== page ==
March 9, 2011 at 5:28 pm #106561
I noticed in Harp Dreams that a Japanese contestant was able to say rhythms out loud using Japanese syllables. Does anyone know how they are used, is it a system? The only ones I ever learned were ta-ka for two notes, ta-ki-ta for triplets, and ta-ka-dee-mee for four-note-groups.
What’s neat is how fast she could go in Japanese.March 9, 2011 at 7:33 pm #106562unknown-userParticipant
Yes my jaw dropped when I saw that. I immediately assumed though that the syllables corresponded to the pitches (i.e. a solfege of sorts). Then again, I might have just inferred that because she was singing the notes as she said the syllables.
~SamMarch 10, 2011 at 12:35 am #106563liane-jamesParticipant
I have not yet seen Harp Dreams, but I think I recognize what you are describing. I learned this system in skills classes in my undergrad. We all cursed its existence at the time, but I have actually returned to it frequently since then.
Quarter Note: Ta
Two eighths: Ta-di
Four sixteenths: Ta-ka-di-mi (you’ll notice that the syllables line up)
Six sixteenths: Ta-va-ki-di-da-ma
I would love to hear if anyone has any more information!March 10, 2011 at 2:41 am #106564liane-jamesParticipant
Here is a link to a clear explanation of Takadimi:March 10, 2011 at 3:24 am #106565carl-swansonParticipant
I don’t remember that from the film. But it’s been a while since I’ve seen it. If you’ve never heard a French musician solfege a piece of music, I think you’d be equally impressed by that. Until I went to study in France I had never heard anyone solfege the way they do. Pierre Jamet could solfege the opening arpeggio of the Ravel up to speed! I was stunned when I heard him do that the first time.March 10, 2011 at 4:57 am #106566patricia-jaegerMember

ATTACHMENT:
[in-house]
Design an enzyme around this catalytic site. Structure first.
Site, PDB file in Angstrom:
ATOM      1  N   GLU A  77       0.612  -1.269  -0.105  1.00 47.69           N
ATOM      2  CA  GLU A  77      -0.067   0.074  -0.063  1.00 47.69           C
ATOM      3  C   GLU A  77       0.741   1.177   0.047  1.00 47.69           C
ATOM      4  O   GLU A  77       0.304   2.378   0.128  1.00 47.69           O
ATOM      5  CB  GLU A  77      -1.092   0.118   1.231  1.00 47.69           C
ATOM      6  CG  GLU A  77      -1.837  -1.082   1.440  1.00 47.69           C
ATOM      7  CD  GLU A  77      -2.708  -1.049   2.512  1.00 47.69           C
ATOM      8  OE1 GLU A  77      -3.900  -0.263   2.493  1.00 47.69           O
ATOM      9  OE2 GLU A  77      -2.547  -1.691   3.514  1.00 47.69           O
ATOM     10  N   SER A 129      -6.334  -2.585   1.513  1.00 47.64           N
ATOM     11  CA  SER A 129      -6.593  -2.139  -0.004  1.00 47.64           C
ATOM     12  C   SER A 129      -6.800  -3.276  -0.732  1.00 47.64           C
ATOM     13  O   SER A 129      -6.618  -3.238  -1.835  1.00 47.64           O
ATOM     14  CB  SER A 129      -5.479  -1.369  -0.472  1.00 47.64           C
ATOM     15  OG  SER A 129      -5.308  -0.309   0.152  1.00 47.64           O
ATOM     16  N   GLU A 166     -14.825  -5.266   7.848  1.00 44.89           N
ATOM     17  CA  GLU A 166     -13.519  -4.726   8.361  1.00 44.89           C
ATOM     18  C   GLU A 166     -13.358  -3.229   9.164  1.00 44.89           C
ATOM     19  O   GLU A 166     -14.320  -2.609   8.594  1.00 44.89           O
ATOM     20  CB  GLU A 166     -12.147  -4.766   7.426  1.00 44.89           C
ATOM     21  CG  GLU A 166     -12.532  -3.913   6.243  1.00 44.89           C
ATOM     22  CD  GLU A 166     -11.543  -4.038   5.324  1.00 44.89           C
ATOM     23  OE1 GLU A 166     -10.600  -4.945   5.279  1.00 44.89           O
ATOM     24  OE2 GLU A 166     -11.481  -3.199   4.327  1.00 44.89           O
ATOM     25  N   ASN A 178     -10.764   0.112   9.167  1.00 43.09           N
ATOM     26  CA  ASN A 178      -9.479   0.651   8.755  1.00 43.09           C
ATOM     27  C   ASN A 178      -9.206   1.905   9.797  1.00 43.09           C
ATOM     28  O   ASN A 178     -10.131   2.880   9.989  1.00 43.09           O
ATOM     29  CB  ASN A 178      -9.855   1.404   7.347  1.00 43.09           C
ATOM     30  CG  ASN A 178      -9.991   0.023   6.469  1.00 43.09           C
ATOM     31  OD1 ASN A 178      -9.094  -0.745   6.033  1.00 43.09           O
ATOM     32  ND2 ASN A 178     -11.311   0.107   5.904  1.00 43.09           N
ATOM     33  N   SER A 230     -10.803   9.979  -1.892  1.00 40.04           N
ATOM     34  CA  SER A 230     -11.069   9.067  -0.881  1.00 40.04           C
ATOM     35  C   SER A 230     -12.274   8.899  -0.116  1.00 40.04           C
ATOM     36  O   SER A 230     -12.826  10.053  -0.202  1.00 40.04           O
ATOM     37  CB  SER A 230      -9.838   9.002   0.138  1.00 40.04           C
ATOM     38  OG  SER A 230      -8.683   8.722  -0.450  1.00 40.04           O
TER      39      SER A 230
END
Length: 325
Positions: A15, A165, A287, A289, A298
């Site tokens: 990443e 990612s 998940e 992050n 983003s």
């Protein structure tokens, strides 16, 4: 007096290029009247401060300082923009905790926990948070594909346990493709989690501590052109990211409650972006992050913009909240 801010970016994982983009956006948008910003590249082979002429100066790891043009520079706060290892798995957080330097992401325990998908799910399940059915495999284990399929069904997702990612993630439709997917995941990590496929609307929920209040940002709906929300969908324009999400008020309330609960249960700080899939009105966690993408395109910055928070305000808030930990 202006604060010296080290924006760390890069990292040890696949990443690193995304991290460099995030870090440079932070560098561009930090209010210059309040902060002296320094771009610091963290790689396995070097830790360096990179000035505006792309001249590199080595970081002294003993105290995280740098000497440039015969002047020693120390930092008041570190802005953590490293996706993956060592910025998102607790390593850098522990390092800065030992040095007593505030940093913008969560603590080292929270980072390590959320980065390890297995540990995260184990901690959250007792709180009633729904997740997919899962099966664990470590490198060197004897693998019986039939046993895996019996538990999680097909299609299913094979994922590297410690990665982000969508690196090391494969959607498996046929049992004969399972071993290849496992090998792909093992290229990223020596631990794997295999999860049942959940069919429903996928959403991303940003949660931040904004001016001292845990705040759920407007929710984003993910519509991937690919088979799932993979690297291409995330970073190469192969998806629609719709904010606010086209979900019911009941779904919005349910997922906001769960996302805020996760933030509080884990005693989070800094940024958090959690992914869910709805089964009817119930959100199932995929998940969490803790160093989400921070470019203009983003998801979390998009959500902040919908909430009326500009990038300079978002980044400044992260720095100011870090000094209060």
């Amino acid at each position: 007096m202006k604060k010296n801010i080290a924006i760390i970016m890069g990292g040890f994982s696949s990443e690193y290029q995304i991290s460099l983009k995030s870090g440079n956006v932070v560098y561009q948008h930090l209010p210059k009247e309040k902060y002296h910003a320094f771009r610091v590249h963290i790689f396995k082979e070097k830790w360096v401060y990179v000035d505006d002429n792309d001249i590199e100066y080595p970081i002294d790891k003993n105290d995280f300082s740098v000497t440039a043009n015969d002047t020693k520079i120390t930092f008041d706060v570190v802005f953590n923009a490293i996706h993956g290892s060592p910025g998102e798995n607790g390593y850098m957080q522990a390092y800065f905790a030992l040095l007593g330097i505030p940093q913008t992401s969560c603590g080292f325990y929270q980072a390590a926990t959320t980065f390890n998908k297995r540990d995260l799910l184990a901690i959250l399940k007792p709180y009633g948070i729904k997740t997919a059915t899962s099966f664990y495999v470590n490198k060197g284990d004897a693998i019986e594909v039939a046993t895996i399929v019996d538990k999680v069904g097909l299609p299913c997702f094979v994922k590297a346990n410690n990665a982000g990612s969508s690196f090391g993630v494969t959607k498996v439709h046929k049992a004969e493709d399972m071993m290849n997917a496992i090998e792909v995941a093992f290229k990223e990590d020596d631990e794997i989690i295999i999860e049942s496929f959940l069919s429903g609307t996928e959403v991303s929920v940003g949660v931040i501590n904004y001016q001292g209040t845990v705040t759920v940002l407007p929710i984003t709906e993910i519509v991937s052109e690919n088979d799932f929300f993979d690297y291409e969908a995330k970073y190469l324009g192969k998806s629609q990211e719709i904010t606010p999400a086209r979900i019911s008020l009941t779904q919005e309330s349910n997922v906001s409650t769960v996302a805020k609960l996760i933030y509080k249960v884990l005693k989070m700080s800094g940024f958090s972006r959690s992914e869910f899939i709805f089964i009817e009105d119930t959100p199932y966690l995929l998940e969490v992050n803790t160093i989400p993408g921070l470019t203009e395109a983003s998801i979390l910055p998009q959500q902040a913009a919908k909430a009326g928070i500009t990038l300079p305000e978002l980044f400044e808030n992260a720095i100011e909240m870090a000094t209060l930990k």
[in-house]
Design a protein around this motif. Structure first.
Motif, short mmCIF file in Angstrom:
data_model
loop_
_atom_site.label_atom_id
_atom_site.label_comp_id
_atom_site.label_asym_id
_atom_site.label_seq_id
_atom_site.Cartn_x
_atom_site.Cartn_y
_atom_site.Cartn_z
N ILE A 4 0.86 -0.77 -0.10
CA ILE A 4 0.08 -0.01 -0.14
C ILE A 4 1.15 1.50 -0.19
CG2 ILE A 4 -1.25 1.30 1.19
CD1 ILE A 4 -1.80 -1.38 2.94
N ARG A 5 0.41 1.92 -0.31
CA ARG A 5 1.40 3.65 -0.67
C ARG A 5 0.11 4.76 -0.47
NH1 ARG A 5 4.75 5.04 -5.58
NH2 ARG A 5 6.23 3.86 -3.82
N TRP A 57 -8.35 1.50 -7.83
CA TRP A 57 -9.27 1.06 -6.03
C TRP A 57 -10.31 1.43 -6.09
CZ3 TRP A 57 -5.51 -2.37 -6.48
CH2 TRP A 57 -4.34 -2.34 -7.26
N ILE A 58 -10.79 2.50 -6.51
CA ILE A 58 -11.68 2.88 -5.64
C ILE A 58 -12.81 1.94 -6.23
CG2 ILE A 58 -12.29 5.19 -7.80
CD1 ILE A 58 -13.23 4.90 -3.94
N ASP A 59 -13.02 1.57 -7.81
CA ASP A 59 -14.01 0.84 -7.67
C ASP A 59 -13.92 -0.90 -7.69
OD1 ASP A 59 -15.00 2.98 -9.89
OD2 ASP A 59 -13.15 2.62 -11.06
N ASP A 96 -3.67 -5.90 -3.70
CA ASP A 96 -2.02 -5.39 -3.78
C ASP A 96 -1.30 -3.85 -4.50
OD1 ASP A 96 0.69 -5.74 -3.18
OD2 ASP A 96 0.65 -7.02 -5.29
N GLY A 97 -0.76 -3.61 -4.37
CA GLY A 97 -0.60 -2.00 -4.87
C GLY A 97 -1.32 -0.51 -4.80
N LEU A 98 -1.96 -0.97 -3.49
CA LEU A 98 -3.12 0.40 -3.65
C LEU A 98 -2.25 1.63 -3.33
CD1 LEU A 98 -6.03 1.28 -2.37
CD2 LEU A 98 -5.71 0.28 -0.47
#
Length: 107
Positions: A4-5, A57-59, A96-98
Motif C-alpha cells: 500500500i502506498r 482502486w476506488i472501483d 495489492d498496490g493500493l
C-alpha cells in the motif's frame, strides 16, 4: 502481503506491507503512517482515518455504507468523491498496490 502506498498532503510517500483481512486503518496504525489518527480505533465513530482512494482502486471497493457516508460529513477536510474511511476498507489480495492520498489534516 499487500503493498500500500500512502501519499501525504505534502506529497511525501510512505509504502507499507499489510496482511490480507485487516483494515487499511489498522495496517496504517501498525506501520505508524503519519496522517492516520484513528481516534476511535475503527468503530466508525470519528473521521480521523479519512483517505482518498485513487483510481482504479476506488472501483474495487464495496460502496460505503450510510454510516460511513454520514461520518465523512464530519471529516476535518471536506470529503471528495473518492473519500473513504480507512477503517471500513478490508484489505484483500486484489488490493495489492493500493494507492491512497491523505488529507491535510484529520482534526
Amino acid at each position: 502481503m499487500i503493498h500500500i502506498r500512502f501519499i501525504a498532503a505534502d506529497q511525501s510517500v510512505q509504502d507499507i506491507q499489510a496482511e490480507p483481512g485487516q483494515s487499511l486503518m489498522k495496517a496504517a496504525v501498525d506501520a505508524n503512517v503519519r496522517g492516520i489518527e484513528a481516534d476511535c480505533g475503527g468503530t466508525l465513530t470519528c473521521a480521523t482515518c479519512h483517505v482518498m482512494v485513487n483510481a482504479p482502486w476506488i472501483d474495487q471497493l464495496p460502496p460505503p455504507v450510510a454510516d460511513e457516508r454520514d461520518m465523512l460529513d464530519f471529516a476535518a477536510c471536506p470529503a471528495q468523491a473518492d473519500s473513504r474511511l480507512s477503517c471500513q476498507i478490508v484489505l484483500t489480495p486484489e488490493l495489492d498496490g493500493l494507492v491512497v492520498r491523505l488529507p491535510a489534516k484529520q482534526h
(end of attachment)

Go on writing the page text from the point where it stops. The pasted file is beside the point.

If you want a version used at Eastman School of Music, look for “Sight Singing Manual” by McHose and Tibbs, published by F.S. Crofts & Co., New York. There we sat in Theory classes for more than one year, making the conductor’s beat with the right hand, tapping the background of the beat on our desksMarch 12, 2011 at 3:59 am #106567
I’m confused already, Pat. I can solfege the CPE Bach Sonata, but I can’t get the right syllables to come out.March 12, 2011 at 4:00 am #106568
Thank you so much for that link, I will study it. Sometime I will post my syllables for all the half-steps that avoid repetition of vowels.March 13, 2011 at 1:01 pm #106569TacyeParticipant
I came across a set of rhythm syllables in Kodaly along with chromatic solfege (Do di re ri/me mi fa fi…).March 13, 2011 at 2:26 pm #106570sherry-lenoxParticipant
Tacye thanks for posting- I was just about to mention that too. The kodaly rhythm work is wonderful.
I had kids as little as first grade reading rhythm patterns accurately with no help, and older kids could read almost anything after a year of instruction.
I often wonder why Kodaly techniques aren’t more popular in the US.
I think part of the problem may be that there is so much emphasis here on entertaining moms and dads as opposed to actual music instruction.March 13, 2011 at 7:33 pm #106571Elizabeth Volpé BlighParticipant
I learned to count in this way: “one-ee-and-a” for sixteenth notes, “one-and-a” for triplets, “one-and” for eighths. These syllables roll off the tongue easily and are easy to remember. A great book for learning hot to read and count rhythm and also to recognize conducting patterns is Phil Perkins’ book “A Logical Approach to Rhythmic Notation”.
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